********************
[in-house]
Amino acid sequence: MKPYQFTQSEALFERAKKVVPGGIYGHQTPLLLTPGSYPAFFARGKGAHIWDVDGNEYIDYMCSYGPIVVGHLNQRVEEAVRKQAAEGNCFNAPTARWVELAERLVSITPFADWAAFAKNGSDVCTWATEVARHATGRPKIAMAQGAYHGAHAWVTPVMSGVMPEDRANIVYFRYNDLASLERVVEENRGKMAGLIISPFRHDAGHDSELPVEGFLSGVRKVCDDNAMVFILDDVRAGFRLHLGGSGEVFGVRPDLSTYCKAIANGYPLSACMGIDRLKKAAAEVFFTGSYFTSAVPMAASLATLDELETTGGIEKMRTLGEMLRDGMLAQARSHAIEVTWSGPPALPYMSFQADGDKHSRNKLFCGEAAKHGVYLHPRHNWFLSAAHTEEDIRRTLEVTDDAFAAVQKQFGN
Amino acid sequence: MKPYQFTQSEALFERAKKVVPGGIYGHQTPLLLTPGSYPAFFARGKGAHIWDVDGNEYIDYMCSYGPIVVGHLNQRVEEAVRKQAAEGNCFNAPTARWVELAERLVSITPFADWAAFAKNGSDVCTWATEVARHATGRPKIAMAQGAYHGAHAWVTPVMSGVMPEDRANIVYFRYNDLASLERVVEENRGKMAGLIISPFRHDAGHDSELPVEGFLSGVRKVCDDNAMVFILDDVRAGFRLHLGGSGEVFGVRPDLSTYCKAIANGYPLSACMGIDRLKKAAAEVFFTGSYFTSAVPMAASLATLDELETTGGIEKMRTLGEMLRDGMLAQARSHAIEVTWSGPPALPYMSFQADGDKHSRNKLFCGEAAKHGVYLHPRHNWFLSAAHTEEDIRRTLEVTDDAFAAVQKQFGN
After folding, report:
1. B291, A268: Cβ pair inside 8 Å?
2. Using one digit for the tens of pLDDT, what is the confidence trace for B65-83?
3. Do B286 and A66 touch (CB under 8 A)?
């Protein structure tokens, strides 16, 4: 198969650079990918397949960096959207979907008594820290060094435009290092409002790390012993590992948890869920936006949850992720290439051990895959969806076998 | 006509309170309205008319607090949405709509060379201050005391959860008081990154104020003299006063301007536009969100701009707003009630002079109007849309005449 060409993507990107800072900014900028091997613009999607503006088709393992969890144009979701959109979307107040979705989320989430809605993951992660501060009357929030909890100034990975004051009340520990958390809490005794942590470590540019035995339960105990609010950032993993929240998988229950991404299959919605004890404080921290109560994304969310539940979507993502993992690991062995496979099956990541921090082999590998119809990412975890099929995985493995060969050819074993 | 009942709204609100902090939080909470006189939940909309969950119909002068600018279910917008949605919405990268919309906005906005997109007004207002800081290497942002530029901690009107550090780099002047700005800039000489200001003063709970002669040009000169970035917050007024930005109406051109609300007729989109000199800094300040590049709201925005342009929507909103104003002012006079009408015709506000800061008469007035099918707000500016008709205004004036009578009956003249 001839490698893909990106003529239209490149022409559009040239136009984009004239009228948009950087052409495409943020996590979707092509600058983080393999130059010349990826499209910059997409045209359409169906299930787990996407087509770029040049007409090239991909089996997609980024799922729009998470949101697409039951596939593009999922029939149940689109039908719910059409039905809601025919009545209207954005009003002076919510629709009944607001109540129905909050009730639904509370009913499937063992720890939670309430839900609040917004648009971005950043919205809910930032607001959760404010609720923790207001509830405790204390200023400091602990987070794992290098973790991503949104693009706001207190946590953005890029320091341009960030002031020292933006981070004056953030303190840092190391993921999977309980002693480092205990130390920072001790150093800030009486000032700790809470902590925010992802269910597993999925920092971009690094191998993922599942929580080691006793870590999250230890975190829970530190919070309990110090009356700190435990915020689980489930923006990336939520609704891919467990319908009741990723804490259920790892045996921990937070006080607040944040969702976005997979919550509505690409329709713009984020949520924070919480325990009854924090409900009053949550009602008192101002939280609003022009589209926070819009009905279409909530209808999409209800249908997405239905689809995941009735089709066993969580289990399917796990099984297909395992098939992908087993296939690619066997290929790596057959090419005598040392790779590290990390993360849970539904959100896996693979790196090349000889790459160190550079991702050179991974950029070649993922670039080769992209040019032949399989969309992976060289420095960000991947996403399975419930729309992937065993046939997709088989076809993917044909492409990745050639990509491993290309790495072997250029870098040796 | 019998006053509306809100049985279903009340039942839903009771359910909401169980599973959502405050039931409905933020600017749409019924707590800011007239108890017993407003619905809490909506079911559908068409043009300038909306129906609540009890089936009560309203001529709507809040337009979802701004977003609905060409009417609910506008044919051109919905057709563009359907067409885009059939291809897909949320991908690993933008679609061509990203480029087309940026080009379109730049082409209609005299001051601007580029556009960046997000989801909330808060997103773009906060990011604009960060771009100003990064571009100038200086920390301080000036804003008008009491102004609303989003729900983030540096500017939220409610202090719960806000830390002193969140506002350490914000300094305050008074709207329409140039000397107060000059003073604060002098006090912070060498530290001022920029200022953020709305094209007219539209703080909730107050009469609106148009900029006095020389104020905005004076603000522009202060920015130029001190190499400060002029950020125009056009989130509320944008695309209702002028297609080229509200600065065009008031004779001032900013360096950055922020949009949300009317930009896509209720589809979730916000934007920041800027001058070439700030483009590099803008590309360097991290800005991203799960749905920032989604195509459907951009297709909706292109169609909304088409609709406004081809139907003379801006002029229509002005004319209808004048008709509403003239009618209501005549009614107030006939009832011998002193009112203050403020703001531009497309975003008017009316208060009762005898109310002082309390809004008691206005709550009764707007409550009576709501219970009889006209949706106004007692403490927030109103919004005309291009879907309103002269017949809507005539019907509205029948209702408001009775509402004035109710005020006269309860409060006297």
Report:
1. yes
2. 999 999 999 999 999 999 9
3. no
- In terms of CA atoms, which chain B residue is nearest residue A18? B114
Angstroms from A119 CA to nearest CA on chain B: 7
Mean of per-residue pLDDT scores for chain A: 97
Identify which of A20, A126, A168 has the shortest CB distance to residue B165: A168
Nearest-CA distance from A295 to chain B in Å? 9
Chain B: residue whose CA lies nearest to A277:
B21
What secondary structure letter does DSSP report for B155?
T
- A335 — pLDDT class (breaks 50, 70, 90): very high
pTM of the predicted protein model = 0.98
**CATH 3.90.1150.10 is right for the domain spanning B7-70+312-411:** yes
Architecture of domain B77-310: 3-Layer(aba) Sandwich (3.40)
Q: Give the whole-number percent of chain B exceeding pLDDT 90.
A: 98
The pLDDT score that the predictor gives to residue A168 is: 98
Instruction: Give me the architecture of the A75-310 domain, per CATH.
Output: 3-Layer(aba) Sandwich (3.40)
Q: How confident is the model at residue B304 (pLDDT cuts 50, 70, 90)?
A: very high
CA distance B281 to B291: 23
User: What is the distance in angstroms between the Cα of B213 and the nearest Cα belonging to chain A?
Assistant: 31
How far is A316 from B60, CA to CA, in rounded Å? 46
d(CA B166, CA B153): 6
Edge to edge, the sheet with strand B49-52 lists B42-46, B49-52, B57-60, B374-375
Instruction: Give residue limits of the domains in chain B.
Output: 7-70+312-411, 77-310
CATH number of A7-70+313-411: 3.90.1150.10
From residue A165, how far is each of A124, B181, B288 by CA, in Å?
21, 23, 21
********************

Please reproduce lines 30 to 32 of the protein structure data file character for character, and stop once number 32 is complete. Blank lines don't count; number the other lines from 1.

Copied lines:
Output: 3-Layer(aba) Sandwich (3.40)
Q: How confident is the model at residue B304 (pLDDT cuts 50, 70, 90)?
A: very high